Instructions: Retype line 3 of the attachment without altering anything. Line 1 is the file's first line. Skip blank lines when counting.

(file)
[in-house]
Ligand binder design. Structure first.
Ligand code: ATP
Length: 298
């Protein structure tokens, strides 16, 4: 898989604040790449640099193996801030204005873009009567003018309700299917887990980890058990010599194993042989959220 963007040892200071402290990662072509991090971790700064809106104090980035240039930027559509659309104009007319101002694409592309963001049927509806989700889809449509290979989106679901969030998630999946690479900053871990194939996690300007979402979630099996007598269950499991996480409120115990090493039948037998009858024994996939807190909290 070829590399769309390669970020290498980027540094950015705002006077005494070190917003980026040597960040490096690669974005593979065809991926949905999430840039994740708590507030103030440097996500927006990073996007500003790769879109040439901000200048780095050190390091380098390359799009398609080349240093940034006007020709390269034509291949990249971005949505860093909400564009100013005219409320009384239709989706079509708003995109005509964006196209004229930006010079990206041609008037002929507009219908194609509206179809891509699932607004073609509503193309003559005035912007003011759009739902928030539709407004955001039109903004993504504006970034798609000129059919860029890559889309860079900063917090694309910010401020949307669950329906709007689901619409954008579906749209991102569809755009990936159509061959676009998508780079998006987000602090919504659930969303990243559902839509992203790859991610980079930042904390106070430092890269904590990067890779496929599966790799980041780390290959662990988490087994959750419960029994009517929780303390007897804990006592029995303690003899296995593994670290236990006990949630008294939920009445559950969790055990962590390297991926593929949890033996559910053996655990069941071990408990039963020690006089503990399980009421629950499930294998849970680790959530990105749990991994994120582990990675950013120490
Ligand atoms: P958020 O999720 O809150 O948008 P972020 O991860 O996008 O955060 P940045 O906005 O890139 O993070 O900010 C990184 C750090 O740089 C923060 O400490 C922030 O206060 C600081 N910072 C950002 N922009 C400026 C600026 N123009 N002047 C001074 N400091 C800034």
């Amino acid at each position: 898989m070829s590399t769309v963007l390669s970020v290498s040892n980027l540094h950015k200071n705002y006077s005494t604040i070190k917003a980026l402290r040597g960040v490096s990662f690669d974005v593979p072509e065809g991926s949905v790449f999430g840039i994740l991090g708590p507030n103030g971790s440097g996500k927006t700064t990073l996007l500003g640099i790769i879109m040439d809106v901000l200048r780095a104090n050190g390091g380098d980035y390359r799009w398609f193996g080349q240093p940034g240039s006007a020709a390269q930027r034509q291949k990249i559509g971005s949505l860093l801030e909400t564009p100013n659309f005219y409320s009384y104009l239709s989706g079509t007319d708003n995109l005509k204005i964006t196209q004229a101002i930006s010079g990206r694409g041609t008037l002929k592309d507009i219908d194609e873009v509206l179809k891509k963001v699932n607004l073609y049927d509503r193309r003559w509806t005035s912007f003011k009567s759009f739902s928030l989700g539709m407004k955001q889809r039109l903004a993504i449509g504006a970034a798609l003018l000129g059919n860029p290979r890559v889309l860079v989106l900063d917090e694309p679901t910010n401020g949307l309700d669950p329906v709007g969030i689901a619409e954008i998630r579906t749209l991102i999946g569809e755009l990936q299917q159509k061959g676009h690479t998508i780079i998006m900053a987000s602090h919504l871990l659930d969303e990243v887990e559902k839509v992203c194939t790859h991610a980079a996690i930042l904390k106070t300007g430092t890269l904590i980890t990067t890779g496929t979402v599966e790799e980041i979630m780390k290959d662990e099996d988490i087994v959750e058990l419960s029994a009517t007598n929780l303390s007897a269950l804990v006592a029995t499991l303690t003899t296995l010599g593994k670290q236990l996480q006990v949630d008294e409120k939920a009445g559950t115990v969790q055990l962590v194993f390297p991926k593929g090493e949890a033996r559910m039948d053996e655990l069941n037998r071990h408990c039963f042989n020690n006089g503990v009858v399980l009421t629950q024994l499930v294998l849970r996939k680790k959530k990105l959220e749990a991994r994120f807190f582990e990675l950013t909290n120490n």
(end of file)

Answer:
Ligand code: ATP